Technological demonstrators, halo models and just pure one-upmanship. Call it what you want, history is littered with car and bike companies building super-duper vehicles that broke technological barriers but also broke the bank in the process. The most famous and profligate of them all? The Bugatti Veyron, which reportedly drains €4,617,500 from VW Group coffers every time somebody buys one.
We, however, love these excesses because they’ve resulted in some of the wildest and most memorable cars and bikes in history, which tend to get appreciated later in their lives. The Veyron for instance is now overshadowed by the latest generation of hypercars but twenty years from now, I’d bet the Bugatti would be worth more at a Coys Auction than a McLaren P1 or Ferrari LaFerrari.
There haven’t been a similar number of bonkers bikes because you can only charge so much for a motorcycle before people get turned off. Sure, there have been racer-replicas costing an arm and a leg (Ducati Desmosedici RR, Honda RC30/45) but they were either homologation specials or detuned racers. The only modern day example of when a manufacturer pushed the boundaries with brand new technology was when Honda sold their oval piston wonder the NR. Three hundred of them made it into the hands of the public and these days they go for USD$93,000 and upwards or about double for what they were originally sold for in 1992.
What then will be the future selling price of a Kawasaki H2? It’s undoubtedly the most bonkers road bike ever offered to the general public so how much do we value a straight-laced industrial giant like Kawasaki Heavy Industries (KHI) going nuts?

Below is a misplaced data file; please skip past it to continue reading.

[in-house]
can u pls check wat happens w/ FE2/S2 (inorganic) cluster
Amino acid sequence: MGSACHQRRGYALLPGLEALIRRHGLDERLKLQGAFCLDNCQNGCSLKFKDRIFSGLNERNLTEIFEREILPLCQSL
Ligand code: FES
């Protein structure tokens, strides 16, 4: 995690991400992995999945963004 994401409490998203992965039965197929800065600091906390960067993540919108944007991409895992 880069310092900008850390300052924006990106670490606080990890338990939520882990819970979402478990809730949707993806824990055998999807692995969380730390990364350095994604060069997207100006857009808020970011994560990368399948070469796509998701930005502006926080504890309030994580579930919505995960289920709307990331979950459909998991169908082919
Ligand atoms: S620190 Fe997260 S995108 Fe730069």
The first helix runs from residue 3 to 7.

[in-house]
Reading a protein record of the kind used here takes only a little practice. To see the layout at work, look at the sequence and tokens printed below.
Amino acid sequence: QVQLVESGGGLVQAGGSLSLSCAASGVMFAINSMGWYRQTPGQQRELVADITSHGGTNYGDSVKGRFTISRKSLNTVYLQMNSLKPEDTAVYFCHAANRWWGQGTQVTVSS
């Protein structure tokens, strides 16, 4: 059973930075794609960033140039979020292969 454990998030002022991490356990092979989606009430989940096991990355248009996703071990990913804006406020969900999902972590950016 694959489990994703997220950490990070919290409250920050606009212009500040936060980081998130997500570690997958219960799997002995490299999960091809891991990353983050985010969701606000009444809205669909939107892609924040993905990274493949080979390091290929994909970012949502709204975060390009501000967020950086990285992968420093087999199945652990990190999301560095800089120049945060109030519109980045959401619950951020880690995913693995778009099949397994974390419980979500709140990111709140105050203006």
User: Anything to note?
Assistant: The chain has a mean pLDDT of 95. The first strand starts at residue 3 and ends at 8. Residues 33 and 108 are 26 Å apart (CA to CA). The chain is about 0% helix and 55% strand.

Here’s how we got to this point. When the second decade of the new millennium rolled around, the various subsidiary heads of KHI sat around a table with the chairman and brainstormed a product to showcase the technological abilities of the group. Remember, this is a company that builds ships, high-speed trains, planes, power turbines and stuff that go into outer space, so motorcycles are easy. A bike is however the one product readily accessible to consumers so it was decided to take the best of what they do and distil it into a motorcycle.
On the face of it, you have to say a bike like the H2 is akin to Kawasaki unzipping its corporate jeans and putting their 18-inch tackle on the table for a measuring contest. But there is something so wonderful about it you have to be thankful to whomever spiked the sake the night they signed off the project.
What’s so special about the Kawasaki H2? How about everything!
Let’s start with the bodywork. This isn’t a pretty bike the same way a Ferrari Enzo isn’t a pretty car. The styling was decided by the need to control airflow at speeds exceeding 300km/h and was designed with help from Kawasaki Aerospace. That is why the half fairing has strategically placed winglets, the wing mirror stays are like an aerofoil and there’s a gigantic air intake beside the headlight to feed the engine. See that silver mirror finish paintwork? It’s created by inducing a silver mirror reaction to form a layer of pure silver. This is what gives it a glasslike metal appearance, like how a Terminator T1000 would look if it mimicked a motorcycle. It’s the only finish available for the H2. If you don’t like it, that’s just too bad.